be used to brute force the key rather quickly. Then again, why would you
    need to since the key is right there in the login packet?

    Users who think that they are being protected by SameTime "encryption" are
    not only risking having their passwords exposed, but also the messages
    they send which may contain confidential information (especially since
    SameTime is an IM aimed at corporate users). Additionally SameTime users
    should be aware that encryption is NOT end-to-end, and they can be snooped
    on by the server operator. There are several commercial products sold to
    do this, and they work regardless of the "encryption" selected by the
    client. For non-SEC use, this should be considered unacceptable.

    Login Message Analysis:
    A Lotus SameTime 1.5 Login (extracted from tcpdump) message looks like
    this:

    82 -- A sequence byte. - 0x81 was the first byte
    00 -- Total data length
    00 -- Total data length
    00 -- Total data length
    45 -- Total data length (69 bytes)
    00 -- Message Type
    01 -- Message Type
    00 -- Options
    00 -- Options
    00 -- Channel ID
    00 -- Channel ID
    00 -- Channel ID
    00 -- Channel ID
    10 -- The type of login (Java / C++ / ActiveX etc..)
    02 -- The type of login (in this case 0x1002 == C++)
    00 -- Length of the following string
    11 -- Length of the following string (17 bytes)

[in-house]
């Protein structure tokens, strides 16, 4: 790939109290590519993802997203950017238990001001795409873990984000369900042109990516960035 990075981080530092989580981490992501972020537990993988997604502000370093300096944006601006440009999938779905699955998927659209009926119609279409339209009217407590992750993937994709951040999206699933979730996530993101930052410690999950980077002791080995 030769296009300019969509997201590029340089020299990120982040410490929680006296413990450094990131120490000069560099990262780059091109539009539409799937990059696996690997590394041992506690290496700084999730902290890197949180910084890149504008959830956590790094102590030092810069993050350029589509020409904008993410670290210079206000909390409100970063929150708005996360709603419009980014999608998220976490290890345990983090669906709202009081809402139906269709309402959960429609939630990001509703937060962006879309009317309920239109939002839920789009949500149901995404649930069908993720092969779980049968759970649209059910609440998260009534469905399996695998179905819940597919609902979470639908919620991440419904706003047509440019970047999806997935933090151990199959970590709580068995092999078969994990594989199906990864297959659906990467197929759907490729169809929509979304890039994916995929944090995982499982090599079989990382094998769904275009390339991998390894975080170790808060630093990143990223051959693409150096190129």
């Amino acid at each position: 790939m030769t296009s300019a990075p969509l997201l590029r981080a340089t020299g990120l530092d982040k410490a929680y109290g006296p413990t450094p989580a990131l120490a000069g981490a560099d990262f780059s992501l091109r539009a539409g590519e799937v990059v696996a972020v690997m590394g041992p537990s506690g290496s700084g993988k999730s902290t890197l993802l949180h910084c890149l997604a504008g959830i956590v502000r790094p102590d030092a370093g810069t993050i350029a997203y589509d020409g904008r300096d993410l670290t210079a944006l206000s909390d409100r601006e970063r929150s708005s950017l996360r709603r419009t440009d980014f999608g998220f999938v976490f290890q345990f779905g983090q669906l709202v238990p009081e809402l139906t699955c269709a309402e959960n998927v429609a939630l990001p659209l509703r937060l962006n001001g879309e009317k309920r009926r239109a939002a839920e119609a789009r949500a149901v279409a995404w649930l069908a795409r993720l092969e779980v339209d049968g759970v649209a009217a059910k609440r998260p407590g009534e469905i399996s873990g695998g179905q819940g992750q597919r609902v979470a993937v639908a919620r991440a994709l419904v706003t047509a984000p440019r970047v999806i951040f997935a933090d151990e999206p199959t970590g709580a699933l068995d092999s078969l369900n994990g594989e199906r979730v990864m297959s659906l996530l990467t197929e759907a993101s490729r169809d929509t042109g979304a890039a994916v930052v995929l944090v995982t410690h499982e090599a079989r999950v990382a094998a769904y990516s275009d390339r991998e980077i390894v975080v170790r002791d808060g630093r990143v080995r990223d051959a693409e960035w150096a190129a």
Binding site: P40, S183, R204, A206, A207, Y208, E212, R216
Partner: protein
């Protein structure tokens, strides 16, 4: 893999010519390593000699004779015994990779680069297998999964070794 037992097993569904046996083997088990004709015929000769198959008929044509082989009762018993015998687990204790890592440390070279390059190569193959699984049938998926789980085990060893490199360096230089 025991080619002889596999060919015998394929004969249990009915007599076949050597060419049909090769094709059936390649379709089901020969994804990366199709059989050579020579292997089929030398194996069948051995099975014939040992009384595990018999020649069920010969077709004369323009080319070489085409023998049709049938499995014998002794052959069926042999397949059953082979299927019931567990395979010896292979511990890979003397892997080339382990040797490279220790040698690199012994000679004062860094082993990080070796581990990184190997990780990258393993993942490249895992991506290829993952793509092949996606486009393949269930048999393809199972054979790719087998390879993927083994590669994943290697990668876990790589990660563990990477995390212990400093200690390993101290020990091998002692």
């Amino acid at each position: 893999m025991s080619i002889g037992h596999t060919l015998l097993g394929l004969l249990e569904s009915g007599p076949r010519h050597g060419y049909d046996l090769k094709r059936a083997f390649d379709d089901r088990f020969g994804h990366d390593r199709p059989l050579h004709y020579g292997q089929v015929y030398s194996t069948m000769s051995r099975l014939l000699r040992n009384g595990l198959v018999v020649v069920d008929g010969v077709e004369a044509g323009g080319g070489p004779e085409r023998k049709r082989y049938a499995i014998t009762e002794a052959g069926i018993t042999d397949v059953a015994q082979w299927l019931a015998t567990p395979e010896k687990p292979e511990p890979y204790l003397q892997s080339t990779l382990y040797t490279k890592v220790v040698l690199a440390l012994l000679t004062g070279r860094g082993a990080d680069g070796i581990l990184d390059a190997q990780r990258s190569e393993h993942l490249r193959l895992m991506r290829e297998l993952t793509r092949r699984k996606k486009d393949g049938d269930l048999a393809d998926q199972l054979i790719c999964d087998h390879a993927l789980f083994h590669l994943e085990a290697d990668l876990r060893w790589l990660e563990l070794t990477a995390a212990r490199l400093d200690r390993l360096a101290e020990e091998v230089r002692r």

6a -- j
    6f -- o
    65 -- e
    62 -- b
    6C -- l
    6F -- o
    40 -- @
    97 -- a
    98 -- b
    2e -- .
    78 -- x
    79 -- y
    7a -- z
    2e -- .
    63 -- c
    6f -- o
    6d -- m
    00 -- length of opaque for auth data
    00 -- length of opaque for auth data
    00 -- length of opaque for auth data
    22 -- length of opaque for auth data (34 bytes)
    00 -- length of opaque for RC2 key
    00 -- length of opaque for RC2 key
    00 -- length of opaque for RC2 key
    0a -- length of opaque for RC2 key (10 bytes)
    33 -- opaque RC2 key data 1
    36 -- opaque RC2 key data 2
    30 -- opaque RC2 key data 3
    37 -- opaque RC2 key data 4
    34 -- opaque RC2 key data 5
    30 -- opaque RC2 key data 6
    33 -- opaque RC2 key data 7
    35 -- opaque RC2 key data 8
    30 -- opaque RC2 key data 9
    31 -- opaque RC2 key data 10
    00 -- length of opaque data for encrypted password
    00 -- length of opaque data for encrypted password
    00 -- length of opaque data for encrypted password
    10 -- length of opaque data for encrypted password (16 bytes)
    XX -- opaque password data 1 - data omitted
    XX -- opaque password data 2 - data omitted